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The Impact of Body Image on Consumers’ Perceptions of Idealized Advertising Images and Brand Attitudes

Authors


  • Authors’ Note: Ui-Jeen Yu, is an Assistant Professor in the Department of Family and Consumer Sciences at Illinois State University. Mary L. Damhorst, is a Professor in the Department of Apparel, Educational Studies and Hospitality Management Department at Iowa State University. Daniel W. Russell, is a Professor in the Department of Human Development and Family Studies at Iowa State University. Please address correspondence to Ui-Jeen Yu, Department of Family and Consumer Sciences, 203K Turner, Illinois State University, Normal, IL 61790-5060; e-mail: uyu@ilstu.edu.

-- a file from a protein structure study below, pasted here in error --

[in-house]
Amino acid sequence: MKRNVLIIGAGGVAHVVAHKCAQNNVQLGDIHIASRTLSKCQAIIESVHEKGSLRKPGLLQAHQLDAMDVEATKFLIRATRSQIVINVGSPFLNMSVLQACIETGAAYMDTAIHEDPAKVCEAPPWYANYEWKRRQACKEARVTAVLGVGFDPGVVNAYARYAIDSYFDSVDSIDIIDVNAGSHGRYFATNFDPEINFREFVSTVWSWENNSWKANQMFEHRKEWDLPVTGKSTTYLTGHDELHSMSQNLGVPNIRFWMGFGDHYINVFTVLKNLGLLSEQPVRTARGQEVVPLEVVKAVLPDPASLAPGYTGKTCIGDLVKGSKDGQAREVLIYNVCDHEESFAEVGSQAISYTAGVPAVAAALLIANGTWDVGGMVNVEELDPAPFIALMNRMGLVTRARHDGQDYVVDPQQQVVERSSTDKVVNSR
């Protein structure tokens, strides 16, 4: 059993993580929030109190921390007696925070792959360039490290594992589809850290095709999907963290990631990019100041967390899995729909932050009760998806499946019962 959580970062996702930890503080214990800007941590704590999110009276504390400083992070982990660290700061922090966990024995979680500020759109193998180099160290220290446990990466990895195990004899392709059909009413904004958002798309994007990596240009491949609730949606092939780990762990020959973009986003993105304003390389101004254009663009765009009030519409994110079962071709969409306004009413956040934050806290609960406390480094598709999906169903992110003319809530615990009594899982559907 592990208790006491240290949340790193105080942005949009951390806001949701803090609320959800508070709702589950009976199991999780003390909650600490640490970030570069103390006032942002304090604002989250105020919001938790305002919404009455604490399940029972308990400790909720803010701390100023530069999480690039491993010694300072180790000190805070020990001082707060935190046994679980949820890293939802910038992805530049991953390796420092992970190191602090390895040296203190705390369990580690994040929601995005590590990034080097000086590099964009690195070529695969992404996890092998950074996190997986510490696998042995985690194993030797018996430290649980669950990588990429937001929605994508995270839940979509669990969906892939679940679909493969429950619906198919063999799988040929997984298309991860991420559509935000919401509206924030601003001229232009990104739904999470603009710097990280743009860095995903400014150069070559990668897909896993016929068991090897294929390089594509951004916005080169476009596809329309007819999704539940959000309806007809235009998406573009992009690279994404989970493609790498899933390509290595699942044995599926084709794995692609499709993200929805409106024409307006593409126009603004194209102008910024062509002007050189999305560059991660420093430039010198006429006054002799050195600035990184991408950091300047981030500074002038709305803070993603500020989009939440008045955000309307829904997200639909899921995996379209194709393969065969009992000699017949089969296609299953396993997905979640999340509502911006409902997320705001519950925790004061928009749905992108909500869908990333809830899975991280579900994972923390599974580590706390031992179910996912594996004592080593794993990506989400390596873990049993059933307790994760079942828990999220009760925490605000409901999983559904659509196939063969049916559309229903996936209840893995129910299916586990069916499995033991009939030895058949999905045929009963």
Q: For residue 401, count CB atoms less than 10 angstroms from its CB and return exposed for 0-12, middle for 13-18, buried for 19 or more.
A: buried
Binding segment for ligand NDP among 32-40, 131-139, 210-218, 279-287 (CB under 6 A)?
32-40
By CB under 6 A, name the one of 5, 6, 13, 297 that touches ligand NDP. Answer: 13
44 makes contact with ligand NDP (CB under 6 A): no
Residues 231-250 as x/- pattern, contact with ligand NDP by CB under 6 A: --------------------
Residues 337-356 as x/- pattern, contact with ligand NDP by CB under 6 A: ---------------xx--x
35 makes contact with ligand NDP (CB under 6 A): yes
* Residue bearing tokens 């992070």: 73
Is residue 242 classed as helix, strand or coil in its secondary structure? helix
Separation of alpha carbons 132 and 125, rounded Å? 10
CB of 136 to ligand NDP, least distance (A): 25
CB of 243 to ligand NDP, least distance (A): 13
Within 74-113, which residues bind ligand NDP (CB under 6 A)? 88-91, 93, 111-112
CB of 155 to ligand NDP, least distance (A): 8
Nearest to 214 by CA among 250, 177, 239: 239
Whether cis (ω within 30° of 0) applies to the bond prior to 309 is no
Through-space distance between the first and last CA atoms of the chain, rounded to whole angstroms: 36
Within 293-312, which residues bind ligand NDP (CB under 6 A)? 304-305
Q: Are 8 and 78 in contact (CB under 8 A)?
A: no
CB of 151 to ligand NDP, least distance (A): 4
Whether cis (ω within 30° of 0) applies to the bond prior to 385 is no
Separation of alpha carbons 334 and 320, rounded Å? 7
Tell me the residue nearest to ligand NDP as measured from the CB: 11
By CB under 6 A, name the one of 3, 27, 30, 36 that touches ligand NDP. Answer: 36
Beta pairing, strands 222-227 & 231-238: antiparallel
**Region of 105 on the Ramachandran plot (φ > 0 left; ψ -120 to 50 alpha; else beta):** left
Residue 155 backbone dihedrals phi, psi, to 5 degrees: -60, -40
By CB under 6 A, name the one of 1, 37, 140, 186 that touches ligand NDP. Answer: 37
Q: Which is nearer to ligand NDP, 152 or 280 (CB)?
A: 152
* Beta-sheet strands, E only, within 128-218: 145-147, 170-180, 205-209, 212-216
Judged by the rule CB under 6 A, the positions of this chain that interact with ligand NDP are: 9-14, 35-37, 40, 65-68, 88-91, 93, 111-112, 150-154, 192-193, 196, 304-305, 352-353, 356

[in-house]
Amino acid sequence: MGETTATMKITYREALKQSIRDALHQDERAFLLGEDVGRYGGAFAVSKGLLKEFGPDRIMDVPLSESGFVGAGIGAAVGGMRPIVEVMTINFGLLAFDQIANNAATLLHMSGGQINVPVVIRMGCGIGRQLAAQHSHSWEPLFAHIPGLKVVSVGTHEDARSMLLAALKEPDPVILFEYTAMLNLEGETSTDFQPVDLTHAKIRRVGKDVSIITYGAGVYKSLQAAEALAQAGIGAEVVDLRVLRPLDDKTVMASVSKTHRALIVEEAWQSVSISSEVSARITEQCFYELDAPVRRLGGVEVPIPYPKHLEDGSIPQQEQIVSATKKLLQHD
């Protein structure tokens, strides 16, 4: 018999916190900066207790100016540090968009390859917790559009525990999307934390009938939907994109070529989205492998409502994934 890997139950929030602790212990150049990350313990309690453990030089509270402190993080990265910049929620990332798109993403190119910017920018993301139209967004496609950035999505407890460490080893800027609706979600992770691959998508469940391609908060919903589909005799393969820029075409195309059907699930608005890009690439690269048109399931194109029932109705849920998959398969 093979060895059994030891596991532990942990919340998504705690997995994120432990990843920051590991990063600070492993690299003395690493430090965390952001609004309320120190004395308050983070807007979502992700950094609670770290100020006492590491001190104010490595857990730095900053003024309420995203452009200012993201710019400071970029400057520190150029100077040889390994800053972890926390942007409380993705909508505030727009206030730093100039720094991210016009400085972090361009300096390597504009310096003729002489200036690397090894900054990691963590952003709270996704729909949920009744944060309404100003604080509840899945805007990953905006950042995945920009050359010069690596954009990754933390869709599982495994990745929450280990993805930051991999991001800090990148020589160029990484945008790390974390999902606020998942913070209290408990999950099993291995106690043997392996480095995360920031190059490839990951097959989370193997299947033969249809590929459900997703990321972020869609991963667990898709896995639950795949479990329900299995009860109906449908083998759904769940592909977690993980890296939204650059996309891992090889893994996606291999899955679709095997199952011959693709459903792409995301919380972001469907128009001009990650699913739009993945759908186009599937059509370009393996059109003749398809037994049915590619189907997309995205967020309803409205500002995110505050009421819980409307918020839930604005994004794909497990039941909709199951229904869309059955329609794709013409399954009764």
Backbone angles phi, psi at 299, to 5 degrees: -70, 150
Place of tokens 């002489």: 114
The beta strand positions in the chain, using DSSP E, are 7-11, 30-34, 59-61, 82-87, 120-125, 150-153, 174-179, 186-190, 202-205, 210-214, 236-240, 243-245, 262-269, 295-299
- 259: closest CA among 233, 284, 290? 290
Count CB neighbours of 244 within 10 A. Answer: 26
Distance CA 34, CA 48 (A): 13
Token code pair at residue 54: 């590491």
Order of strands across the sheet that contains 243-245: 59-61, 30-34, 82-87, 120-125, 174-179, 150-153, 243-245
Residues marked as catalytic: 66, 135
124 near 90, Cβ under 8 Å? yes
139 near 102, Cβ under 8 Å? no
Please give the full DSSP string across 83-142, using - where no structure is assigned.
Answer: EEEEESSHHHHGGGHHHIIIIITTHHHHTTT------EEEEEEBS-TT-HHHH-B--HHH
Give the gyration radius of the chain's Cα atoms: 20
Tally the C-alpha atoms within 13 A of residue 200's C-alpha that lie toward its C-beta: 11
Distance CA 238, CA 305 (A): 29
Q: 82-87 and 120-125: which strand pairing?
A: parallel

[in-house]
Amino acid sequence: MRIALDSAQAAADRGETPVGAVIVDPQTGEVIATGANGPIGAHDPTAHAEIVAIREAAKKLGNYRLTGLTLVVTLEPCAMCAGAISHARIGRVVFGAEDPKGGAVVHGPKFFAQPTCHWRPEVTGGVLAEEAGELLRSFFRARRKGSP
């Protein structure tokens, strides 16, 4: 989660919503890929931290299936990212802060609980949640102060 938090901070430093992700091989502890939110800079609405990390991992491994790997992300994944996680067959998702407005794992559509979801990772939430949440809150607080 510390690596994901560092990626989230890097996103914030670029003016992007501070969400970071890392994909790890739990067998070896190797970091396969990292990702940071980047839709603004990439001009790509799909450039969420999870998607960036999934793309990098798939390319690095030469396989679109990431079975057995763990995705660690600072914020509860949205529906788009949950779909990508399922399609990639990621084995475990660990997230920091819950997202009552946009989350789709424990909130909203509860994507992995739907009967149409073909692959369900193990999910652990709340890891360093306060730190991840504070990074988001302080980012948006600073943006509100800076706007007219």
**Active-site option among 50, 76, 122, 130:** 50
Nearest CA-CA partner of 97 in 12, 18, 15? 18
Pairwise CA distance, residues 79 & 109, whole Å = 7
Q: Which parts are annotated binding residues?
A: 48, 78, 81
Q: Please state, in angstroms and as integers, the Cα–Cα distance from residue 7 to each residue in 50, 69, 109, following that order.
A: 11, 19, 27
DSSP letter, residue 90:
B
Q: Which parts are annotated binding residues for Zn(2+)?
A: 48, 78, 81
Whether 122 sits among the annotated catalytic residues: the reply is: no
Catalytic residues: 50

Abstract

The purpose of this study was to examine how individuals’ body images influence their attitude toward an apparel brand through their perceptions of attractiveness and similarity with thin-idealized and nonidealized advertising images in the social comparison process. Data were collected from 143 female college students at a Midwestern university using a Web-based survey. Exposure to thin models did not induce more favorable brand attitudes than exposure to average-size models. However, individuals’ body images indirectly influenced brand attitudes through their perceptions of similarity with model images in the social comparison process. The results indicate the importance of body image in understanding a person’s interpretation of media images. The results imply that advertisers could feature more realistic model images reflecting a greater number of individuals' body images.

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